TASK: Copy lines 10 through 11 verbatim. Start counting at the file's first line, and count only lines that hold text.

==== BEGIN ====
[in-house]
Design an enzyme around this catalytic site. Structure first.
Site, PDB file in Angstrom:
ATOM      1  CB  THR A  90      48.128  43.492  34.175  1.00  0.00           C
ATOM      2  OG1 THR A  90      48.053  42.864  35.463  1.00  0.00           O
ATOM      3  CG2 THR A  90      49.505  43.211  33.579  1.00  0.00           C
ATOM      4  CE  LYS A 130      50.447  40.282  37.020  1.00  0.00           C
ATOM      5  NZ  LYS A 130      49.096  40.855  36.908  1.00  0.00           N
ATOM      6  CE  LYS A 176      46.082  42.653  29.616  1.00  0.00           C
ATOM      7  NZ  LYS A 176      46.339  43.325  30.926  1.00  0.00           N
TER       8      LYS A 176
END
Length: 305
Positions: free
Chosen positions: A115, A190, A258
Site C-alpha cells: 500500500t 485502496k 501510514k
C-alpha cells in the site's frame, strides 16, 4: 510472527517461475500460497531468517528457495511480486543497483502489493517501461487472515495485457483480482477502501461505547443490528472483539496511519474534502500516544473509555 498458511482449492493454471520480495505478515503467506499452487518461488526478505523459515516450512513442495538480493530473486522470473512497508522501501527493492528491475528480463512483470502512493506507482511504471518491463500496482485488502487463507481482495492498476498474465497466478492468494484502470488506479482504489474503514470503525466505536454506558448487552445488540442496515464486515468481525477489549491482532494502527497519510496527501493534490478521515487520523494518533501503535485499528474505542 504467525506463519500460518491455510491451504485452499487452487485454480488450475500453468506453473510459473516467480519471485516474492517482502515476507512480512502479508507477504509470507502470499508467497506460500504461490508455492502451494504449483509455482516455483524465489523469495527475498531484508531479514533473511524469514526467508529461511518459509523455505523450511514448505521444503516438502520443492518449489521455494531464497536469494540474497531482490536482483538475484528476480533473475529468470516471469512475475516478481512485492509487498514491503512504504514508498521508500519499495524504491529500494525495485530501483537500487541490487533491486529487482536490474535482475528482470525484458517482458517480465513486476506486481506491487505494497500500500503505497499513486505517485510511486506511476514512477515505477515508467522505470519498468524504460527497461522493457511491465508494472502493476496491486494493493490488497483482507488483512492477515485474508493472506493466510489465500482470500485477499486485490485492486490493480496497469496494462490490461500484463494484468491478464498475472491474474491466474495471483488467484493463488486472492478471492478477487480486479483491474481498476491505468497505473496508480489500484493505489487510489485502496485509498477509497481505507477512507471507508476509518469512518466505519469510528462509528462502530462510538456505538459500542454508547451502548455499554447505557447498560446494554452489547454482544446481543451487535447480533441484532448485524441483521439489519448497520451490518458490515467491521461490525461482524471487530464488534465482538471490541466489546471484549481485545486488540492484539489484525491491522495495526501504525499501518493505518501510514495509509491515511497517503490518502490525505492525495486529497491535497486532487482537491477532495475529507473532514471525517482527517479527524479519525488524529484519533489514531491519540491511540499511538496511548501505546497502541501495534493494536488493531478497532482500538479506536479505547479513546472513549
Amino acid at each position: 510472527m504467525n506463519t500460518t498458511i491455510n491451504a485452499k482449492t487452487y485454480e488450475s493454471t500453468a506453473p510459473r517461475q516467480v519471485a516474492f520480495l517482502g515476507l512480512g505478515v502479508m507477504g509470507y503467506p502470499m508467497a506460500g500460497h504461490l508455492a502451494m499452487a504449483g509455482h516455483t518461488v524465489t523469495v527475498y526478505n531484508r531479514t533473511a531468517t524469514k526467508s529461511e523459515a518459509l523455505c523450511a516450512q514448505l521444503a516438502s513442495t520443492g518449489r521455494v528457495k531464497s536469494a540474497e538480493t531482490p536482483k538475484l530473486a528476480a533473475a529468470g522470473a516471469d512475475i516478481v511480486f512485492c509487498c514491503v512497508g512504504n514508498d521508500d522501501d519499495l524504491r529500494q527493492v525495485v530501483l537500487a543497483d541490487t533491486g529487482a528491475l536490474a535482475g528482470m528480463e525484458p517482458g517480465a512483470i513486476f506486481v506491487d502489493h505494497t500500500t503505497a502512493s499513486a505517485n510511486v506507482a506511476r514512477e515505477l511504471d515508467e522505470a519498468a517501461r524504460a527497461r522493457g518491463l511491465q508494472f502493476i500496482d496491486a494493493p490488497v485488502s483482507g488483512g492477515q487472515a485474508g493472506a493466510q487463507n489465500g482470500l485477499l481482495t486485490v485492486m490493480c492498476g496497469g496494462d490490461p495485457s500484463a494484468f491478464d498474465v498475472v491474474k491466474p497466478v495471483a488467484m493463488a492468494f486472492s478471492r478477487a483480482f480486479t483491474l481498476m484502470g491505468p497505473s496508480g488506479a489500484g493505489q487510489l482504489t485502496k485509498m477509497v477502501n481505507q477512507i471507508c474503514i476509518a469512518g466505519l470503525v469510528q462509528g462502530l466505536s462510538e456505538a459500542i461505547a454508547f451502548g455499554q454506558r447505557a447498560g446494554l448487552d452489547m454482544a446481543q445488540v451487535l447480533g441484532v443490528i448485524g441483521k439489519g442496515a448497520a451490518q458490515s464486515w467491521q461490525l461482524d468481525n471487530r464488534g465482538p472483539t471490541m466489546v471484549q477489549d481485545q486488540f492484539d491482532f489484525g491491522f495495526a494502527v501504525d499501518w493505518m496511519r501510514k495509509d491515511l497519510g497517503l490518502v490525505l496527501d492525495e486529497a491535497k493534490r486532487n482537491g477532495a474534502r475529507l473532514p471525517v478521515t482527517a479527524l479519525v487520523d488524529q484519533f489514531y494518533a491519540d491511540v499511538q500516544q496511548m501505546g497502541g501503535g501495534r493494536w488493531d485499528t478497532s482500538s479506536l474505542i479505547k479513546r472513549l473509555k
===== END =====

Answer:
ATOM      7  NZ  LYS A 176      46.339  43.325  30.926  1.00  0.00           N
TER       8      LYS A 176